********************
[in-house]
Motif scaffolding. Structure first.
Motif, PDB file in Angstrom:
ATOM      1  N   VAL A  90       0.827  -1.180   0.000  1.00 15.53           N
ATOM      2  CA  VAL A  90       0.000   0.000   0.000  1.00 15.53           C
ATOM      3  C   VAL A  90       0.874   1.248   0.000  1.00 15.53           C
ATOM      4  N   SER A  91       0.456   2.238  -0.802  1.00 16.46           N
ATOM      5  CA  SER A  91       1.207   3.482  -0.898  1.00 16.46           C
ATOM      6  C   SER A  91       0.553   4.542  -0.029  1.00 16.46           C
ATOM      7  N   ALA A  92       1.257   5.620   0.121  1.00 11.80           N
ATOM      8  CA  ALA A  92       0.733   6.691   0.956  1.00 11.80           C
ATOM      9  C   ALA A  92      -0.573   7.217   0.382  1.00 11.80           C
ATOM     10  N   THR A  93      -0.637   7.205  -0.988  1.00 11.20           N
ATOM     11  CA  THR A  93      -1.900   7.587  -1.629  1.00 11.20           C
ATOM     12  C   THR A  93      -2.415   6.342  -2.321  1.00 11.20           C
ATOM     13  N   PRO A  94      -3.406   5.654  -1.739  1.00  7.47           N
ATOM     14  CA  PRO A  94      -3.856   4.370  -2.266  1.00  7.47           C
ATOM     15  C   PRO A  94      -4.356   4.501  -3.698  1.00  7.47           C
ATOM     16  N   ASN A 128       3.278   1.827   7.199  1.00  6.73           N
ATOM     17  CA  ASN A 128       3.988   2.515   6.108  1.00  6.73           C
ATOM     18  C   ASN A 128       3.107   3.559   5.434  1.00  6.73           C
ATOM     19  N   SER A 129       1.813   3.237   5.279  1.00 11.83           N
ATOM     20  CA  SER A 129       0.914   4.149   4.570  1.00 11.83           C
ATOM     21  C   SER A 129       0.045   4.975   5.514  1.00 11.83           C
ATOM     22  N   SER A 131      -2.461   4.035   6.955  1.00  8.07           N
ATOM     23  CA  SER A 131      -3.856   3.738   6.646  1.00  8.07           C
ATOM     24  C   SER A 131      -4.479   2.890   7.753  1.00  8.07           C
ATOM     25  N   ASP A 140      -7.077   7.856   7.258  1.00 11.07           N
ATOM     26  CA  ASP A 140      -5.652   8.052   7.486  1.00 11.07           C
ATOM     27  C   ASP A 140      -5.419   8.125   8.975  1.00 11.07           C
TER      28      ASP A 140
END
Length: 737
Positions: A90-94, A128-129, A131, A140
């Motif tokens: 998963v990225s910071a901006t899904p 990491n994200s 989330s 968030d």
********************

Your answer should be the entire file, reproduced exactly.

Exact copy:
[in-house]
Motif scaffolding. Structure first.
Motif, PDB file in Angstrom:
ATOM      1  N   VAL A  90       0.827  -1.180   0.000  1.00 15.53           N
ATOM      2  CA  VAL A  90       0.000   0.000   0.000  1.00 15.53           C
ATOM      3  C   VAL A  90       0.874   1.248   0.000  1.00 15.53           C
ATOM      4  N   SER A  91       0.456   2.238  -0.802  1.00 16.46           N
ATOM      5  CA  SER A  91       1.207   3.482  -0.898  1.00 16.46           C
ATOM      6  C   SER A  91       0.553   4.542  -0.029  1.00 16.46           C
ATOM      7  N   ALA A  92       1.257   5.620   0.121  1.00 11.80           N
ATOM      8  CA  ALA A  92       0.733   6.691   0.956  1.00 11.80           C
ATOM      9  C   ALA A  92      -0.573   7.217   0.382  1.00 11.80           C
ATOM     10  N   THR A  93      -0.637   7.205  -0.988  1.00 11.20           N
ATOM     11  CA  THR A  93      -1.900   7.587  -1.629  1.00 11.20           C
ATOM     12  C   THR A  93      -2.415   6.342  -2.321  1.00 11.20           C
ATOM     13  N   PRO A  94      -3.406   5.654  -1.739  1.00  7.47           N
ATOM     14  CA  PRO A  94      -3.856   4.370  -2.266  1.00  7.47           C
ATOM     15  C   PRO A  94      -4.356   4.501  -3.698  1.00  7.47           C
ATOM     16  N   ASN A 128       3.278   1.827   7.199  1.00  6.73           N
ATOM     17  CA  ASN A 128       3.988   2.515   6.108  1.00  6.73           C
ATOM     18  C   ASN A 128       3.107   3.559   5.434  1.00  6.73           C
ATOM     19  N   SER A 129       1.813   3.237   5.279  1.00 11.83           N
ATOM     20  CA  SER A 129       0.914   4.149   4.570  1.00 11.83           C
ATOM     21  C   SER A 129       0.045   4.975   5.514  1.00 11.83           C
ATOM     22  N   SER A 131      -2.461   4.035   6.955  1.00  8.07           N
ATOM     23  CA  SER A 131      -3.856   3.738   6.646  1.00  8.07           C
ATOM     24  C   SER A 131      -4.479   2.890   7.753  1.00  8.07           C
ATOM     25  N   ASP A 140      -7.077   7.856   7.258  1.00 11.07           N
ATOM     26  CA  ASP A 140      -5.652   8.052   7.486  1.00 11.07           C
ATOM     27  C   ASP A 140      -5.419   8.125   8.975  1.00 11.07           C
TER      28      ASP A 140
END
Length: 737
Positions: A90-94, A128-129, A131, A140
């Motif tokens: 998963v990225s910071a901006t899904p 990491n994200s 989330s 968030d």